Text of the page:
If you’ve been following along for some time you’ve likely gathered that ETL is on a mission to be a sustainable brand without subjecting to traditional practices of larger retailers.
I throw out bits and pieces of ETL’s mission here and there but I want you to know exactly what your are supporting and exactly what I do to make sure that the practices of this business align with the mission I am projecting. So here is your cheat sheet:
Not every inch of fabric can be made into ETL garments, but every inch CAN be used for something. After the patterns are cut out, the pieces that are too small to use can still be recycled and used for a variety of things from stuffing punching bags to grinding to a pulp for paper. Most recently I’ve partnered with local textiles artists, Maggie Dimmick of Ethel Studio. <— Go check out her work!
Speaking of recycling fabric into paper, ETL’s hang tags are made from exactly that. Our friends at MOO have created a recycled product option made from 100% cotton t-shirts—talk about coming full circle.
EAT ORGANIC? WEAR ORGANIC:
Organic cotton production is chemical free, and therefore does not contribute to water contamination. It also uses less carbon, less fuel, & less energy. Bonus effect? Organic textiles are more allergy friendly than synthetic.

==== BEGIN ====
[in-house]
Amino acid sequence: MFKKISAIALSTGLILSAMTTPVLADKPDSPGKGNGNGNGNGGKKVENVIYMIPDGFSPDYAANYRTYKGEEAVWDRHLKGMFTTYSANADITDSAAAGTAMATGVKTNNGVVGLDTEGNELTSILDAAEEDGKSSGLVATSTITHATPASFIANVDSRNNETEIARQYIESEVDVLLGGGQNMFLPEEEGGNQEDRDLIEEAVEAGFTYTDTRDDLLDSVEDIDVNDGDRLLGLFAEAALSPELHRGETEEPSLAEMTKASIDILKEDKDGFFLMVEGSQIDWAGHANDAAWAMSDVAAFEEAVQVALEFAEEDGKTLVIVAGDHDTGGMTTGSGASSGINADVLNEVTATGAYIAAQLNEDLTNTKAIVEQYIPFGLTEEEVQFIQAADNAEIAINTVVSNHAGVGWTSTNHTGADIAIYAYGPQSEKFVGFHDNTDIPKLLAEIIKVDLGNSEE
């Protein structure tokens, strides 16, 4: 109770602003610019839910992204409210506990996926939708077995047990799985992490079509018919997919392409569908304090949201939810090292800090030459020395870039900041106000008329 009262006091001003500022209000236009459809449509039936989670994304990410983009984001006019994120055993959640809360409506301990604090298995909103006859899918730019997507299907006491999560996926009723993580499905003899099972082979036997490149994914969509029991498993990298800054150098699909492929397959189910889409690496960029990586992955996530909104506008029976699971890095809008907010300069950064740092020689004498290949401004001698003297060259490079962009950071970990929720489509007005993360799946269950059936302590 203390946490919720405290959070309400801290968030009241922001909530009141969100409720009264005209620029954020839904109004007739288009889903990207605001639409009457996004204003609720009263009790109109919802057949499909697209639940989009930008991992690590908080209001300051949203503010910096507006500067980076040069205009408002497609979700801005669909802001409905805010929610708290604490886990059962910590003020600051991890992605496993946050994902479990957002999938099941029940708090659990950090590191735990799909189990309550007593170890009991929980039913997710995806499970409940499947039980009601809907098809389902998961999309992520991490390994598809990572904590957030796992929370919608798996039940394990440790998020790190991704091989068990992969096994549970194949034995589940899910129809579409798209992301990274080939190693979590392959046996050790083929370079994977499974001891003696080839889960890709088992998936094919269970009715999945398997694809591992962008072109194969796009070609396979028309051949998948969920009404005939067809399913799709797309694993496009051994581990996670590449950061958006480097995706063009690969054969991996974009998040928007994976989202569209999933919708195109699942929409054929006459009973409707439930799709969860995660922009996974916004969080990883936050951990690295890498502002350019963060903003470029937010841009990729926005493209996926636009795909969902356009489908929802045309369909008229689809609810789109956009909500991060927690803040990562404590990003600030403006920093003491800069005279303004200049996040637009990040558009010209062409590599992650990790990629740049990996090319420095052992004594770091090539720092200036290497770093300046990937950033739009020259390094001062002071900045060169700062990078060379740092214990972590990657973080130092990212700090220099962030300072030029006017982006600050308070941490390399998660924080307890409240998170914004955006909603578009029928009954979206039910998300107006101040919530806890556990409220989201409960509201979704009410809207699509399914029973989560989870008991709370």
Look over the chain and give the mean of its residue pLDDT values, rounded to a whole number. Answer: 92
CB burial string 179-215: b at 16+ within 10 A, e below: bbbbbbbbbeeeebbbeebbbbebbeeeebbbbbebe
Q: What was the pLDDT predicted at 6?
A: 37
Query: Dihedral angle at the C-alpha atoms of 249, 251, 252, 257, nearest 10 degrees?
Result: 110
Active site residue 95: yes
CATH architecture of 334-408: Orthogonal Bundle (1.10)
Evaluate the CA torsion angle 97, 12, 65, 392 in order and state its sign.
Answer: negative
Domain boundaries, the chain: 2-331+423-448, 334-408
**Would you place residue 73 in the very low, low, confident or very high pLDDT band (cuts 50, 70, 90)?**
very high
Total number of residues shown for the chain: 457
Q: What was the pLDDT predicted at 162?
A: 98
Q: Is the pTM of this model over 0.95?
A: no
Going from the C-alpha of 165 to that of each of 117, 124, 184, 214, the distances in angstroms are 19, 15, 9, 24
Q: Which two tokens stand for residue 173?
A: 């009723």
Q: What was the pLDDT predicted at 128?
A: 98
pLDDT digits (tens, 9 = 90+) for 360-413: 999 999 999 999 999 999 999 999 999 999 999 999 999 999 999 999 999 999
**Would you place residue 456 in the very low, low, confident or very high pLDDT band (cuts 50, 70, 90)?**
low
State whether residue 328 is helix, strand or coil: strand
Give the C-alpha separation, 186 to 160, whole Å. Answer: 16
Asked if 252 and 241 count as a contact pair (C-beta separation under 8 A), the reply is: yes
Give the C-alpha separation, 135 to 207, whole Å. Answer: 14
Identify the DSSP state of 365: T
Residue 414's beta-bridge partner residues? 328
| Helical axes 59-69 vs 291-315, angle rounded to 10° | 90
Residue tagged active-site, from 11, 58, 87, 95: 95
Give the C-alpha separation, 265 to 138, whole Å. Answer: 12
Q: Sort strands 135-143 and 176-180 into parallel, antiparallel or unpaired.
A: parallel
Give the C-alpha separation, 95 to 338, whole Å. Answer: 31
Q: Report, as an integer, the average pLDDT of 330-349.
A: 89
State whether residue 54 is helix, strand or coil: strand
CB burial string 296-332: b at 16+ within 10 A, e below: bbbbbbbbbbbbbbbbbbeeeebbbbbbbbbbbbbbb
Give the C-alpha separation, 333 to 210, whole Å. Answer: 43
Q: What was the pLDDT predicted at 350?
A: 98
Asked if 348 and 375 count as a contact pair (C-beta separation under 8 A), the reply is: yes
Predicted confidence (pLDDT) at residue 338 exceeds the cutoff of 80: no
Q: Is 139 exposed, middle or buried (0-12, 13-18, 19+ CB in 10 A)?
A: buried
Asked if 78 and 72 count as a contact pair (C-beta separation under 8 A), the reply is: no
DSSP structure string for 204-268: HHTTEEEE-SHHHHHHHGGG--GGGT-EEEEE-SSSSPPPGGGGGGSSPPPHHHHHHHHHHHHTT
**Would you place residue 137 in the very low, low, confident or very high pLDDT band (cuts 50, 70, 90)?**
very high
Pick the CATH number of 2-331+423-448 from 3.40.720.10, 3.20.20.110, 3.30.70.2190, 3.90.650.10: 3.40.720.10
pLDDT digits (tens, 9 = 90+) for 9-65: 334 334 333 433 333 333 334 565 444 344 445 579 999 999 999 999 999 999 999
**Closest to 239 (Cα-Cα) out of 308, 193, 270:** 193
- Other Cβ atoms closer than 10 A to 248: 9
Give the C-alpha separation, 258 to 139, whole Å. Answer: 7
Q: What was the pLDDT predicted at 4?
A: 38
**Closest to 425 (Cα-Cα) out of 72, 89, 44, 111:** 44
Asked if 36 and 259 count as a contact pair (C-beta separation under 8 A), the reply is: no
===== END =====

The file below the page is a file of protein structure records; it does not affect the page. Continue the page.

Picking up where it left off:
DYE FREE IS THE WAY TO BE:
ETL does not use any dyes, hence a lot of neutral & natural colored garments. (Not mad about that.) Garments made with colored fabrics means they were sourced from dead stock fabrics, which you can read more about below.
DEAD STOCK ROCKS:
Dead stock fabrics come from larger retailers & manufacturers who have excess material and do not want it to go to waste. Critics of dead stock fabrics argue it is not truly sustainable because it is “supporting producing more than one needs in the first place”. While I understand this position, I politely side with it being a sustainable option, especially as industry giants work to shift their practices in this #fashionrevolution. There are fabulous companies making it their mission to eliminate this waste and find good homes for these materials to be given a new life. *Enter Emah The Label.*
I talk a lot about #supportinglocal but it’s not just about the end product. Sourcing materials from local vendors on the back end cuts down on excessive shipping, sampling, and processes that impact the environment. The same applies to producing garments locally as well, plus there are far less outrageous overseas minimums one must meet.
Creating only what you need not only eliminates inventory chaos but also saves materials and cuts down on wasted items. This is where ETL’s made to order method comes into play, and also why you won’t typically see sales on the site—there’s very little I need to get rid of ; ) Sale seeker hack: join Emah The List for 10% off your first order, as well as exclusive offers for subscribers.
Now go tell your friends!